1. Justanotherdispensible50 says:

    Firearms training is another ethics test failed by our department. Nobody above the rank of Sergeant qualifies in front of the troops. The firearms gang doesn’t either, but they’re all pistol snipers with the EXPERT pin.

    Corporal Everyotherword F Bomb Luke can’t hit the side of a barn, everyone knows he failed what four, five shoots? Where the hell is his double jeopardy on thin ice treatment?!? Nope, he’s being selectively groomed for Sergeant stripes because of experience NOPE, competence NOPE, not violating civil right NOPE, ability to not come on to every piece of department ass NOPE, attitude HELL NOPE, diversity, politically correct racism! That’s it.

  2. ASUPDsmokeNmirrors says:

    I like the Corporal F bomb reference. Everyone knows that infamous reputation. I can’t wait until I hear what he does to the organization once he gets sergeant stripes. He has a very psychotic messed up idea of race relations. Apparently he was complaining to someone that everyone thinks of him as the “N” word. What?!?

    This is the most stupid shit I have heard around there in awhile. Nothing could be further from the truth. Everyone loved working with some of our former black officers, supervisors, because they were good honest stand up people. They acted like real stand up men, they had likeable personalities that emphasized team, they cared about everyone, and they never used color as a scapegoat for their failings as a person, as a man.

    In short they were like by everyone, including the ladies, unlike yourself who has a new record of striking out at the plate and bottom feeding off another guy’s sloppy seconds. You need to get professional help, read some men’s journals on talking to women, regroup, earn some game, in short get your shit together and stop blaming your failure on irrelevant issues.

  3. Thinblueline1 says:

    The firearms program does need a lot of work to earn the title of being a program. We get no practice ammo and I have heard varying reports of how the attitudes of a firearm instructor can be. The department needs a team atmosphere more than ever and there certainly is a “us and them” thing going there.

  4. Aotimes4 says:

    This is a pet peeve of mine. I know some guys that have horrible training from their department, but recognize that and do their best to improve their own skills. I have also seen some really good and outside of the box training. Personally for me, aside from the obvious utility of being able to shoot well, it is a sport. I would train as hard and often as I could. Matches were won and lost on .01 of a second.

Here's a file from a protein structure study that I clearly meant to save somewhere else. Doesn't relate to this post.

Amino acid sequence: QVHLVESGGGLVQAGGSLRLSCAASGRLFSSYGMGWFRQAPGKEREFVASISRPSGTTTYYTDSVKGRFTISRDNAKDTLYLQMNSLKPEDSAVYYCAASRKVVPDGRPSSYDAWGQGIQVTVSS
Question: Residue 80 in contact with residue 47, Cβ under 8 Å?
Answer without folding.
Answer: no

The thing is if someone had the budget of a police department at their disposal, and the desire to create an engaging and effective training program, it can do some great things. I had some classes where the instructor designed the class in such a way that the shooter didn’t even know they were in reality doing a repetitive and boring exercise. There is really no excuse for a bad training program. There is no shortage of resources available.

    And as a student who relies on the output of this program for my safety (because I can’t provide my own) I am downright pissed off about those failures.

    • theintegrityreport says:

      You should be pissed off! ASUPD has all the resources in the world, but they choose to spend them on silly, unnecessary things (new badges, stupid PR campaigns…things that make the department look good. They have the $ to spend on several firearms instructors, but not on practice ammo, more in-depth classes for those who have a hard time qualifying, and also decent instructors! There are a few that can actually TEACH, but being an expert shooter without the ability to effectively communicate instruction to a student renders most of them useless.

  5. OnefootoutCYA says:

    The concept of, “If it’s not working fix it.” never seems to enter the decision maker mindset at ASUPD. We have seen this for years with the firearms and FTO programs, but slow and stupid reactions to both put us in the crisis we are in without any hope of fixing it any time soon.

    We have a house full of supervisors who don’t supervise other supervisors, messes turn into disasters, and people are standing around scratching their heads wondering why nobody sticks around, why people with years on are leaving. It’s obvious.

Leave a Reply

Your email address will not be published. Required fields are marked *